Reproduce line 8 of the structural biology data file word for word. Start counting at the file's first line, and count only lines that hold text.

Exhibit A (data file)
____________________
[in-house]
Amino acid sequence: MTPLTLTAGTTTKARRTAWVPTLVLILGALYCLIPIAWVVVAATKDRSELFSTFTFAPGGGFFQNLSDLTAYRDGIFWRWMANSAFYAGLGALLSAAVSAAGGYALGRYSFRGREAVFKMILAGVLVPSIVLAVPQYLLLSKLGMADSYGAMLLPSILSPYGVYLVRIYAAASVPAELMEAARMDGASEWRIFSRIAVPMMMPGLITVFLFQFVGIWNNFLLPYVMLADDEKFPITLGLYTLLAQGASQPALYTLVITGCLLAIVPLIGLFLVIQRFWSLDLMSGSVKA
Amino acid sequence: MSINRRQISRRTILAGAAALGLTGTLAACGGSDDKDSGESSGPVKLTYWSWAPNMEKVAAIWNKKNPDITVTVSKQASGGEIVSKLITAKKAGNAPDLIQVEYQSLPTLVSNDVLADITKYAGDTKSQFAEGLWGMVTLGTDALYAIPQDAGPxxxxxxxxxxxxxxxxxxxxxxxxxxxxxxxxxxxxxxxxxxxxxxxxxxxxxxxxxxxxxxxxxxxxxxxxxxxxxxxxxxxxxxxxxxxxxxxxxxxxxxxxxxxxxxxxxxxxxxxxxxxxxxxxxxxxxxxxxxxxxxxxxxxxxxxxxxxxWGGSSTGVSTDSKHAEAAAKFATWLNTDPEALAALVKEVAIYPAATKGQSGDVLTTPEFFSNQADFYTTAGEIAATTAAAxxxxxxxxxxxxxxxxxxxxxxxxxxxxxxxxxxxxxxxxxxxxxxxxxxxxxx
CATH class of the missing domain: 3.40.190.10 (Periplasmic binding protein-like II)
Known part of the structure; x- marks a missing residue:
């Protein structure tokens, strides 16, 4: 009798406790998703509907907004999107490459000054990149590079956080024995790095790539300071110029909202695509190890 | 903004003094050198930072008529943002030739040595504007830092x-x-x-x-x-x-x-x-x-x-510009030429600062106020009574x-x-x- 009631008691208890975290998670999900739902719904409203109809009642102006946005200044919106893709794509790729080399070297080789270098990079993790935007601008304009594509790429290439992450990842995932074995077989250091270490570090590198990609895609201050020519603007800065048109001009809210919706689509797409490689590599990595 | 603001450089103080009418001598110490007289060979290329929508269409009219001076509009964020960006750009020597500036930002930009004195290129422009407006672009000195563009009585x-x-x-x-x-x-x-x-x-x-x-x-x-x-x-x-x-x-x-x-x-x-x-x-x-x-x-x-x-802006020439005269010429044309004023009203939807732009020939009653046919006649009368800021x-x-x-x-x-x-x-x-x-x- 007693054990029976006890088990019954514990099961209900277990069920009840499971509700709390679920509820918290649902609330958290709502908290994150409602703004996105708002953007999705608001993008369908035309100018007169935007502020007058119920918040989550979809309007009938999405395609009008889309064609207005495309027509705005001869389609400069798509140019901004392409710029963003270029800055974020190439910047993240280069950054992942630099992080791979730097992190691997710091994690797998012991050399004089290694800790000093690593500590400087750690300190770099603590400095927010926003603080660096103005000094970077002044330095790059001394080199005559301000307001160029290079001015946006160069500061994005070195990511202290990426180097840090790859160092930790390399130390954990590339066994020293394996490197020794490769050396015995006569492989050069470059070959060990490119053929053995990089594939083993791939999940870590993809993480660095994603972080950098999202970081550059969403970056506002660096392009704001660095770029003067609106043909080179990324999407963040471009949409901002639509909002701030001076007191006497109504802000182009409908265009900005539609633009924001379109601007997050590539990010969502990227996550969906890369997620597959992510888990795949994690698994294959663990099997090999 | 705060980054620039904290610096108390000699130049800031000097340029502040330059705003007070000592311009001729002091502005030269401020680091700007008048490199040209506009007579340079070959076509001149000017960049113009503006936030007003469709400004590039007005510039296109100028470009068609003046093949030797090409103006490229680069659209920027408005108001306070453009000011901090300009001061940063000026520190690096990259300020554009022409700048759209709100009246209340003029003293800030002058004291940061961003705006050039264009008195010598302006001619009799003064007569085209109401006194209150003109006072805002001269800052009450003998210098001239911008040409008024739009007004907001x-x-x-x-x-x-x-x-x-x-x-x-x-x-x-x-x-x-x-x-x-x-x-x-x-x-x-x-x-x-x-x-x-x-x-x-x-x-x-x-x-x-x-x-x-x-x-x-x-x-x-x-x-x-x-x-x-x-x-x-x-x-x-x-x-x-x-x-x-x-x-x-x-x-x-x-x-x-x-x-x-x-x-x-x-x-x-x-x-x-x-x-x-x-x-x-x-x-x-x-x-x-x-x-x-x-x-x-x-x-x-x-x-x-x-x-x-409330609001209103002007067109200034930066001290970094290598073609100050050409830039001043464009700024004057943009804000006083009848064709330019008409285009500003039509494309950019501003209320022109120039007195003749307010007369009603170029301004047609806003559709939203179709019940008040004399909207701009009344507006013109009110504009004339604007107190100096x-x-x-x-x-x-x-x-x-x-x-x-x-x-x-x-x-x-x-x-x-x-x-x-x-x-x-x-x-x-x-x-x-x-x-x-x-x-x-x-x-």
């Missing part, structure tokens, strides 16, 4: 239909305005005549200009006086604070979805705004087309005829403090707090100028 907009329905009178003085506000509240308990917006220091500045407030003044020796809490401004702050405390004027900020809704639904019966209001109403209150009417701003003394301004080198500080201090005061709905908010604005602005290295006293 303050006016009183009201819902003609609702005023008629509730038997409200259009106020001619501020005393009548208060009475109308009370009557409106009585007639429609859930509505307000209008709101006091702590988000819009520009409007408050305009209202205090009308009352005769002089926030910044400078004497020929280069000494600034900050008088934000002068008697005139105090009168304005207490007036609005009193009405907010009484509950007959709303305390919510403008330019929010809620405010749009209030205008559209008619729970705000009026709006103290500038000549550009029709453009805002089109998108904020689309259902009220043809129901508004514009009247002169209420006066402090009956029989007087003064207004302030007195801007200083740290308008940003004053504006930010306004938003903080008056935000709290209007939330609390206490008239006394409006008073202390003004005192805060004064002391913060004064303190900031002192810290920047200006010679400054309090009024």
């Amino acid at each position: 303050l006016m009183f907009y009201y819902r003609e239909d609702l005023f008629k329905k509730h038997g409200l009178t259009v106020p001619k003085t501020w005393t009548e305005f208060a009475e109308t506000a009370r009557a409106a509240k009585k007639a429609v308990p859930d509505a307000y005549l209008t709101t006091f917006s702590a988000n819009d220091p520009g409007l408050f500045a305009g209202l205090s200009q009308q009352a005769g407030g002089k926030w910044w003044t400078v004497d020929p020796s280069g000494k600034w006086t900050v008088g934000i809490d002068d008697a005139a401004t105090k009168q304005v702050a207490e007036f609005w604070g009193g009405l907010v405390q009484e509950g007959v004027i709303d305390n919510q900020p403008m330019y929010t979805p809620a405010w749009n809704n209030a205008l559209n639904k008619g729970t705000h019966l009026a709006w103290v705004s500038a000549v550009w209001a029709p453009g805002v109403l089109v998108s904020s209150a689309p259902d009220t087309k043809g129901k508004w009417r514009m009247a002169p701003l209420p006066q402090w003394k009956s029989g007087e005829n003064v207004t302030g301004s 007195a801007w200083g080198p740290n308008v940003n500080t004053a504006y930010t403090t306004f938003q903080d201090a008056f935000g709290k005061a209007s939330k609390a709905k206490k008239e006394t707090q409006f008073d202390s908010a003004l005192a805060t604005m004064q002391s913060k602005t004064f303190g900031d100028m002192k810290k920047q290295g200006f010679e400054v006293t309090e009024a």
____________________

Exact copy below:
């Amino acid at each position: 303050l006016m009183f907009y009201y819902r003609e239909d609702l005023f008629k329905k509730h038997g409200l009178t259009v106020p001619k003085t501020w005393t009548e305005f208060a009475e109308t506000a009370r009557a409106a509240k009585k007639a429609v308990p859930d509505a307000y005549l209008t709101t006091f917006s702590a988000n819009d220091p520009g409007l408050f500045a305009g209202l205090s200009q009308q009352a005769g407030g002089k926030w910044w003044t400078v004497d020929p020796s280069g000494k600034w006086t900050v008088g934000i809490d002068d008697a005139a401004t105090k009168q304005v702050a207490e007036f609005w604070g009193g009405l907010v405390q009484e509950g007959v004027i709303d305390n919510q900020p403008m330019y929010t979805p809620a405010w749009n809704n209030a205008l559209n639904k008619g729970t705000h019966l009026a709006w103290v705004s500038a000549v550009w209001a029709p453009g805002v109403l089109v998108s904020s209150a689309p259902d009220t087309k043809g129901k508004w009417r514009m009247a002169p701003l209420p006066q402090w003394k009956s029989g007087e005829n003064v207004t302030g301004s 007195a801007w200083g080198p740290n308008v940003n500080t004053a504006y930010t403090t306004f938003q903080d201090a008056f935000g709290k005061a209007s939330k609390a709905k206490k008239e006394t707090q409006f008073d202390s908010a003004l005192a805060t604005m004064q002391s913060k602005t004064f303190g900031d100028m002192k810290k920047q290295g200006f010679e400054v006293t309090e009024a």